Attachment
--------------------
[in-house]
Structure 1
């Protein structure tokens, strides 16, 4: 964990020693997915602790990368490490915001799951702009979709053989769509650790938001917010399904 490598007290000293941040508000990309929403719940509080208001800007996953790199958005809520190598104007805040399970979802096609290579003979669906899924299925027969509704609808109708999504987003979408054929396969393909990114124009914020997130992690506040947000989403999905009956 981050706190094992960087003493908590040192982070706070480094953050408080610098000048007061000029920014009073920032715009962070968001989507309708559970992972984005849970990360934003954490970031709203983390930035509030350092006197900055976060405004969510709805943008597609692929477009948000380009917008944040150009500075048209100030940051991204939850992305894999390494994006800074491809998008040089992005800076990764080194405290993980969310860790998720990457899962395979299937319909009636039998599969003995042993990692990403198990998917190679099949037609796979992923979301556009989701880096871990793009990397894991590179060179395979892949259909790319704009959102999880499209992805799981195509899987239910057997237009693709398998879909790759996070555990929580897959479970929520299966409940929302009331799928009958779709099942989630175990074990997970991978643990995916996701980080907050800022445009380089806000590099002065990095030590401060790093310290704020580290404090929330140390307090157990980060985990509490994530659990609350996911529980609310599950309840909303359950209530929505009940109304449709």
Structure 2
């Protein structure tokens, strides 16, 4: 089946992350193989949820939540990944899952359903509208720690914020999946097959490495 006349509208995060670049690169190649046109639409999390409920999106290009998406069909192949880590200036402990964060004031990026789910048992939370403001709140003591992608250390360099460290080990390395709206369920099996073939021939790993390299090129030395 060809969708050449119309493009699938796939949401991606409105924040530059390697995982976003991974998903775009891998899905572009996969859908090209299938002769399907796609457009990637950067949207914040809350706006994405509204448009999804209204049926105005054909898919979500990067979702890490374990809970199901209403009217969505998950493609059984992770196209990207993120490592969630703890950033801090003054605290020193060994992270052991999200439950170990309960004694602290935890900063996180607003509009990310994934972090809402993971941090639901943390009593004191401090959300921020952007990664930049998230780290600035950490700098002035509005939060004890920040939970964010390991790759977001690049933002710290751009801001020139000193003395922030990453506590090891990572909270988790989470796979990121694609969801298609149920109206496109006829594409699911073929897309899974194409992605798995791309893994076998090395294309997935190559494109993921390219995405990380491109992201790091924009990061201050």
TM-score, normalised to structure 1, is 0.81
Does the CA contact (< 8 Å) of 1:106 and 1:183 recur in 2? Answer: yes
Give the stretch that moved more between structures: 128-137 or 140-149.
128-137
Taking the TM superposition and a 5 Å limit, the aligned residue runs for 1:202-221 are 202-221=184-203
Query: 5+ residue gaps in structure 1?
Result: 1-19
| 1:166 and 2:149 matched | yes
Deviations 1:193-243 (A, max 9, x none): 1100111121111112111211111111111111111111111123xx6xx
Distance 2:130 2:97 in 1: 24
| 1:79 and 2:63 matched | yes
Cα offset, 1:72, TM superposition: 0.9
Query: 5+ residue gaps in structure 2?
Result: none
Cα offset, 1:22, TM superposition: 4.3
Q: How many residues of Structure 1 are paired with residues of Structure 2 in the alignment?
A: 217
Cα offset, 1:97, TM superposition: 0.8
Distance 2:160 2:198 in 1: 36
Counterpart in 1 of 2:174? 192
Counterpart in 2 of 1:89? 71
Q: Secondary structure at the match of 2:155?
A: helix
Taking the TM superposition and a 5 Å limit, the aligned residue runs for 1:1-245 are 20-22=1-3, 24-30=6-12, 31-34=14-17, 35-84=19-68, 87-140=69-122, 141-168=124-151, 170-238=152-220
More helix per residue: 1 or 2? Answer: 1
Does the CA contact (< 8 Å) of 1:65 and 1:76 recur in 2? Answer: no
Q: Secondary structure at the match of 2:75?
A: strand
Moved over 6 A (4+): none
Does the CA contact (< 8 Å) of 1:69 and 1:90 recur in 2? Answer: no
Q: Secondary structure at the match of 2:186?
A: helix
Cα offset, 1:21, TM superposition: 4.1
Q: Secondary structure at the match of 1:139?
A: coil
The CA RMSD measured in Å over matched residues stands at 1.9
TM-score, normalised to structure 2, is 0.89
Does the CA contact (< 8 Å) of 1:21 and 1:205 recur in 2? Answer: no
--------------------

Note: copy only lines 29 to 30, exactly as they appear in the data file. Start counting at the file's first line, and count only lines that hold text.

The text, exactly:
Taking the TM superposition and a 5 Å limit, the aligned residue runs for 1:1-245 are 20-22=1-3, 24-30=6-12, 31-34=14-17, 35-84=19-68, 87-140=69-122, 141-168=124-151, 170-238=152-220
More helix per residue: 1 or 2? Answer: 1